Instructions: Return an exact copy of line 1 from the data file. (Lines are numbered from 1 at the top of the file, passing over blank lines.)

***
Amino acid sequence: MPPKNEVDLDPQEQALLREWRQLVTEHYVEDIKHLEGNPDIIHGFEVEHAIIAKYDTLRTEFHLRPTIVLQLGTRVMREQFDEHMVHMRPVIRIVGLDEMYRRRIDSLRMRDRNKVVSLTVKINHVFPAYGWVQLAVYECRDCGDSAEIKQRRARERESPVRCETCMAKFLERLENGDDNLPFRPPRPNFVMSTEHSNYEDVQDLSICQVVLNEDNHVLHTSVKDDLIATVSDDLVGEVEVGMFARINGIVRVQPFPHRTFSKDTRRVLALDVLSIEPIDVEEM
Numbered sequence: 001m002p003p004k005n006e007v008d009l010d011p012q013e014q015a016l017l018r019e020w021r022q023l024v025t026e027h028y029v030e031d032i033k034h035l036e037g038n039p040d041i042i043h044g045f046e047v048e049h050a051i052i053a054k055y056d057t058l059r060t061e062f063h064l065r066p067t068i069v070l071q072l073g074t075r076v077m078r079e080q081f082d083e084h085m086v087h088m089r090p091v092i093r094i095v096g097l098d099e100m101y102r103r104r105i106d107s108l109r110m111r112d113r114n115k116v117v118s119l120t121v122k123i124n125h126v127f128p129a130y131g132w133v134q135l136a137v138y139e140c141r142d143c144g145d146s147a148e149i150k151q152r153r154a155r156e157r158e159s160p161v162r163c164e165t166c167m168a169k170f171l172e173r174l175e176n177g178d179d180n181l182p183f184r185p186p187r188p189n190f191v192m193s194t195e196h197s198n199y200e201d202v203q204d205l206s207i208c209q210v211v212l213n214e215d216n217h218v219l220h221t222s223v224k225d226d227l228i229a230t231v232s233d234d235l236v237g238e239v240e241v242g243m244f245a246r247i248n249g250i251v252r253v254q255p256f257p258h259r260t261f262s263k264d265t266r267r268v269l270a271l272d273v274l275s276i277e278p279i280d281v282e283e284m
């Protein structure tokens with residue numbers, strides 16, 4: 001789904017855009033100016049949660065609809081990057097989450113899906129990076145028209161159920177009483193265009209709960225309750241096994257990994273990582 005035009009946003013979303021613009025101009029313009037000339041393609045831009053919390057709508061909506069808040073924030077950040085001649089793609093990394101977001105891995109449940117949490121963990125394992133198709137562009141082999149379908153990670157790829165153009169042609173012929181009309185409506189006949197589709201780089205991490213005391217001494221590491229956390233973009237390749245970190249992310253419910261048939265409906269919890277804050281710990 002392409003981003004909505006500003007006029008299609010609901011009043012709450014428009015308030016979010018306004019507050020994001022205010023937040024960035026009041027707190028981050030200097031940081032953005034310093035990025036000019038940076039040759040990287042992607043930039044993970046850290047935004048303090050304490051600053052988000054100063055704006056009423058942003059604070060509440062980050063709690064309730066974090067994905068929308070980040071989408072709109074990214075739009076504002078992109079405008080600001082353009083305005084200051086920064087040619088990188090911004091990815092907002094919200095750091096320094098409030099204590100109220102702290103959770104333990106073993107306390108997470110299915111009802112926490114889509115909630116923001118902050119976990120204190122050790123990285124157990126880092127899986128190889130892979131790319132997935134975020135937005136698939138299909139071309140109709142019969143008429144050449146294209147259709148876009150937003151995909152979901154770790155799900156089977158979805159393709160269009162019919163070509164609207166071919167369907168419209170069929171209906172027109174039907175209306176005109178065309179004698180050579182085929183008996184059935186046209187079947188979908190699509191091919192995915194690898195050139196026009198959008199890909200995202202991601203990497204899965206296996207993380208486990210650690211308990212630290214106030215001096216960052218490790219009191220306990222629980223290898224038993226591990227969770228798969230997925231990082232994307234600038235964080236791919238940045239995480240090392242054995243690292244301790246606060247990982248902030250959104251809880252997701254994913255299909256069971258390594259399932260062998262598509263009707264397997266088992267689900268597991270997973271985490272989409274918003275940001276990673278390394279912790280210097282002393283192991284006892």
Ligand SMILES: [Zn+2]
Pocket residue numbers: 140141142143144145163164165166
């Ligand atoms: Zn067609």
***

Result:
Amino acid sequence: MPPKNEVDLDPQEQALLREWRQLVTEHYVEDIKHLEGNPDIIHGFEVEHAIIAKYDTLRTEFHLRPTIVLQLGTRVMREQFDEHMVHMRPVIRIVGLDEMYRRRIDSLRMRDRNKVVSLTVKINHVFPAYGWVQLAVYECRDCGDSAEIKQRRARERESPVRCETCMAKFLERLENGDDNLPFRPPRPNFVMSTEHSNYEDVQDLSICQVVLNEDNHVLHTSVKDDLIATVSDDLVGEVEVGMFARINGIVRVQPFPHRTFSKDTRRVLALDVLSIEPIDVEEM